The Federal Housing Administration (FHA) insures mortgages used to purchase or refinance townhomes. However, not all townhomes meet FHA eligibility guidelines. Many townhomes are classified as single-family homes, in which case the FHA treats the properties the same way it treats standard houses. However, if the legal description of a townhome describes it as a condo, then the owner may not qualify for an FHA-backed loan.
People can take out FHA loans to buy homes with a down payment of just 3.5 percent. The FHA also insures refinance loans for homeowners refinancing existing FHA-backed loans into mortgages with lower interest rates. Homeowners can also borrow cash-out refinance mortgages insured by the FHA. Lenders require borrowers to have at least 20 percent equity in a home in order to take out a conventional cash-out refinance loan, but the FHA enables homeowners to borrow up to 85 percent of the value of a home.
The FHA only insures townhomes classified as condos if the townhome complex as a whole gains FHA approval. Lenders must complete a condo questionnaire to determine if a project meets FHA guidelines. If a project qualifies based on the FHA criteria, the lender processes the loan application and the FHA insures the loan. If the townhome does not meet FHA criteria, the lender can either approve the loan and seek mortgage insurance from another source or decline the application.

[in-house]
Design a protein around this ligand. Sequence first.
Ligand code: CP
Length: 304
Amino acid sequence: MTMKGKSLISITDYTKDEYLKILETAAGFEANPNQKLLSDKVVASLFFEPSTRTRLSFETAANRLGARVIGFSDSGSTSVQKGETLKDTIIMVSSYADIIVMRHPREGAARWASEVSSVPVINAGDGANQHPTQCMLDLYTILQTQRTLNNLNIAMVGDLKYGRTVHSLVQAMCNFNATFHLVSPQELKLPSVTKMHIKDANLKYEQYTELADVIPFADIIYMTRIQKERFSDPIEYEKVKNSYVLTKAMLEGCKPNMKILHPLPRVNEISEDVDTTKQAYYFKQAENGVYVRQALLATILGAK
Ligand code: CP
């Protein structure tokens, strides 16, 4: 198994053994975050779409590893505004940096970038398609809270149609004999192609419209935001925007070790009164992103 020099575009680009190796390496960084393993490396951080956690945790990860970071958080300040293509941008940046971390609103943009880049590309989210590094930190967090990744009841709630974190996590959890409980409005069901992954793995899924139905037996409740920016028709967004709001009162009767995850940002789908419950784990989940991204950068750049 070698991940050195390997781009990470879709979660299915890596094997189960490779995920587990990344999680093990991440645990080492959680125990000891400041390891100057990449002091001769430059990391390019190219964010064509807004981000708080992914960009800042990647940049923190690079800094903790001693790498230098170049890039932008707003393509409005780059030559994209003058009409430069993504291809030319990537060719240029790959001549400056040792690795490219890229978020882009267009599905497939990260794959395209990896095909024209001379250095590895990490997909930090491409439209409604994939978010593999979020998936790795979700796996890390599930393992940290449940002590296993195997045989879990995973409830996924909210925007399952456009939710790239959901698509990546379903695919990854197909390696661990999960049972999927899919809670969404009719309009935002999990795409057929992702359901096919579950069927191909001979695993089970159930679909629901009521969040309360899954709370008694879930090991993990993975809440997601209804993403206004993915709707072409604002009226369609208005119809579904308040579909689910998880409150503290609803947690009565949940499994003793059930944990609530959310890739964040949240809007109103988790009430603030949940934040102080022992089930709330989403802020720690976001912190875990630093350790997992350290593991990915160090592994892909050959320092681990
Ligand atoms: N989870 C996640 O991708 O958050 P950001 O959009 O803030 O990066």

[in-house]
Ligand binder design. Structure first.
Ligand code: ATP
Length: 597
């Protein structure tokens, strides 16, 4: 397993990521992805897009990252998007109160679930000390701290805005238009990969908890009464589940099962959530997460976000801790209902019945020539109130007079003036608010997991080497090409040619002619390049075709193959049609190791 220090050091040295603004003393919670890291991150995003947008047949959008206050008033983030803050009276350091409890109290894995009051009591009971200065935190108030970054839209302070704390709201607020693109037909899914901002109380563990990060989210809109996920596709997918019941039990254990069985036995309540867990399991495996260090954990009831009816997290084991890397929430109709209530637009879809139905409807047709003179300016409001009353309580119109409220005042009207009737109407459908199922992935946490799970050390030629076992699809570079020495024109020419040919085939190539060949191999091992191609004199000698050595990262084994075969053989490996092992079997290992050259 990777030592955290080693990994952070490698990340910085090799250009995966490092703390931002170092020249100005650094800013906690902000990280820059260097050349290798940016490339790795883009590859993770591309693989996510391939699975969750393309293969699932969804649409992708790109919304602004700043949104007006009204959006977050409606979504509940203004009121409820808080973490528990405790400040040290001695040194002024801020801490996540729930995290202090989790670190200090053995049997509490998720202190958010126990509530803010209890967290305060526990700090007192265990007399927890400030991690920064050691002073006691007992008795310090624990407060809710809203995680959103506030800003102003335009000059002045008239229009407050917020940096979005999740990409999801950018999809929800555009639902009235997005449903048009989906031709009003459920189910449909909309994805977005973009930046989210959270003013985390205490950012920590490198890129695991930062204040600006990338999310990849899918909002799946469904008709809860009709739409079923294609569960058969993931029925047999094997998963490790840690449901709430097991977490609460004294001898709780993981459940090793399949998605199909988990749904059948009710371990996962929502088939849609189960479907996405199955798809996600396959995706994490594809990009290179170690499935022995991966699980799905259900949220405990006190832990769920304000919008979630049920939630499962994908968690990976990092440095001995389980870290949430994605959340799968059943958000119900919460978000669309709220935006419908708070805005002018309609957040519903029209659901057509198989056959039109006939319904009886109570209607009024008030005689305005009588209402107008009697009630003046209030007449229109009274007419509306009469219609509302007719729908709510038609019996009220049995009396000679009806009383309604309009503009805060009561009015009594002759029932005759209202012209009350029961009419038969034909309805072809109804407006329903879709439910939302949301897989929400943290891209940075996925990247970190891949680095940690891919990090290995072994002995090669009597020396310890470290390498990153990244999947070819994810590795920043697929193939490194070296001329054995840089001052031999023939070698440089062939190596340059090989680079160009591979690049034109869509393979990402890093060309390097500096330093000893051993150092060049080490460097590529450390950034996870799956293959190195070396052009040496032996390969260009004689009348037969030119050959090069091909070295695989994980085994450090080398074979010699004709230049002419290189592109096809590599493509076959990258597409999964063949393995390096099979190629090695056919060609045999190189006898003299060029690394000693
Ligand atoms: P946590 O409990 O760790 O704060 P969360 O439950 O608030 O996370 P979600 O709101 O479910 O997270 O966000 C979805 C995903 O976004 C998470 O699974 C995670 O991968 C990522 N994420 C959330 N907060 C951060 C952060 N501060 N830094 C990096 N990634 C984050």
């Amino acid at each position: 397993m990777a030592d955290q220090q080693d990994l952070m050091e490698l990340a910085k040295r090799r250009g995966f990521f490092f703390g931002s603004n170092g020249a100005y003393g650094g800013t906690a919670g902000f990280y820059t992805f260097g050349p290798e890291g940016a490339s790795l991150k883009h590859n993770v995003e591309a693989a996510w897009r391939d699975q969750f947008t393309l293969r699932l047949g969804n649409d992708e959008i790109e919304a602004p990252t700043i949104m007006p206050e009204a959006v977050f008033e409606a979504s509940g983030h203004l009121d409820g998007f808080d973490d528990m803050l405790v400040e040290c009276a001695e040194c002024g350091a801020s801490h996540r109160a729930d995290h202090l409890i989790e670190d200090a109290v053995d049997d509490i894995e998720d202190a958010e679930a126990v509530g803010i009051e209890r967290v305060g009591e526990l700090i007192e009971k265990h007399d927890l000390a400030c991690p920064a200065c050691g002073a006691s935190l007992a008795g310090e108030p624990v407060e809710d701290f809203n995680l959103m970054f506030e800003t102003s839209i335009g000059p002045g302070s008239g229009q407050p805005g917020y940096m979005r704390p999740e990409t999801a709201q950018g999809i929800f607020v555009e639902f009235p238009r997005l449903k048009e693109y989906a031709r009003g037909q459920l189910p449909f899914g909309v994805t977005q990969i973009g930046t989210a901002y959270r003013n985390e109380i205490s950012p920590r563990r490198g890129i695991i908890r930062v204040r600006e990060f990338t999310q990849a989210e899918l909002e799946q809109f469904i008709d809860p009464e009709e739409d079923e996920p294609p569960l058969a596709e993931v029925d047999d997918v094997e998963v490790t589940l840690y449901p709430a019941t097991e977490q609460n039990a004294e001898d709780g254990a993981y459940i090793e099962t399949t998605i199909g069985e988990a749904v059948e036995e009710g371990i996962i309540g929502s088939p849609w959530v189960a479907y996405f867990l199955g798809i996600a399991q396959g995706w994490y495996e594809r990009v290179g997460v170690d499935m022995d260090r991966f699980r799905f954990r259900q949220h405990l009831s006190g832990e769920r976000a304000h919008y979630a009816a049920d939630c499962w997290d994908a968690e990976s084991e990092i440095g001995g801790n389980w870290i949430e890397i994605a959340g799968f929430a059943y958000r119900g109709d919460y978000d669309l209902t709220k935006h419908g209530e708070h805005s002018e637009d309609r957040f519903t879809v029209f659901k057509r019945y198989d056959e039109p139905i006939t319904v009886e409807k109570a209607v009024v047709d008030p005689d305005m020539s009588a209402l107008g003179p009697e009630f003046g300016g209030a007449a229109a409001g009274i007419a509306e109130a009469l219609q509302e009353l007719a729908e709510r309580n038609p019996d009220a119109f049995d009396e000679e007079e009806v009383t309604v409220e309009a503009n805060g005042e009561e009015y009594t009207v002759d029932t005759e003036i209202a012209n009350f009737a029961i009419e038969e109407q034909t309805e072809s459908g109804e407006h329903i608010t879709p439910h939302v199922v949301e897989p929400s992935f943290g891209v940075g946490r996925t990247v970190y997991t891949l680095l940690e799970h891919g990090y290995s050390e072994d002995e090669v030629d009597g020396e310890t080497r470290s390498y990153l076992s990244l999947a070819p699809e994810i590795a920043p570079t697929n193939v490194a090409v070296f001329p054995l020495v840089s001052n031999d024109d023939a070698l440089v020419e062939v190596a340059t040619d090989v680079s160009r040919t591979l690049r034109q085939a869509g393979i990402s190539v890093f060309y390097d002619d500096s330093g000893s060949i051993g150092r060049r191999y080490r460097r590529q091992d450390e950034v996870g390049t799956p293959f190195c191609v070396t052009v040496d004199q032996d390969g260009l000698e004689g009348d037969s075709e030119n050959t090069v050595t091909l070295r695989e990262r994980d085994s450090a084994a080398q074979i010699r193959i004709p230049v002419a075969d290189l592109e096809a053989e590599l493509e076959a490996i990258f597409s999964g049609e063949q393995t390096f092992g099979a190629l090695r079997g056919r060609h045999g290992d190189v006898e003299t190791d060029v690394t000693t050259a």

The FHA only insures loans on townhomes and condos if the complex contains two or more units. The townhome association must provide hazard and liability insurance, and buildings containing financed units cannot exceed four stories. Commercial enterprises cannot occupy more than 25 percent of the overall complex, and no individual can own more than 10 percent of the units in one complex. The FHA also requires that at least 50 percent of the units are owner-occupied and that no more than 15 percent of the property owners are delinquent on townhome association fees.
The FHA changes its requirements for condo financing from time to time, and townhome complexes are required to requalify for FHA financing whenever guidelines change. However, homeowners with existing mortgages are not impacted if a development loses its FHA-approved status unless they attempt to refinance with a new FHA loan. FHA guidelines for townhomes classed as condos are strict because of the risk that foreclosures of other condos in the complex could cause association dues to rise and property prices to fall.
- U.S. Department of Housing and Urban Development: FHA Frequently Asked Questions
- U.S. Department of Housing and Urban Development: Condominium Approval Process for Single Family Housings
- Bloomberg; Manhattan Luxury Condos Try FHA Backing in 'Game Changer'; Oshrat Carmiel; August 2010
- Community Associations Institute: FHA Condominium Guidelines
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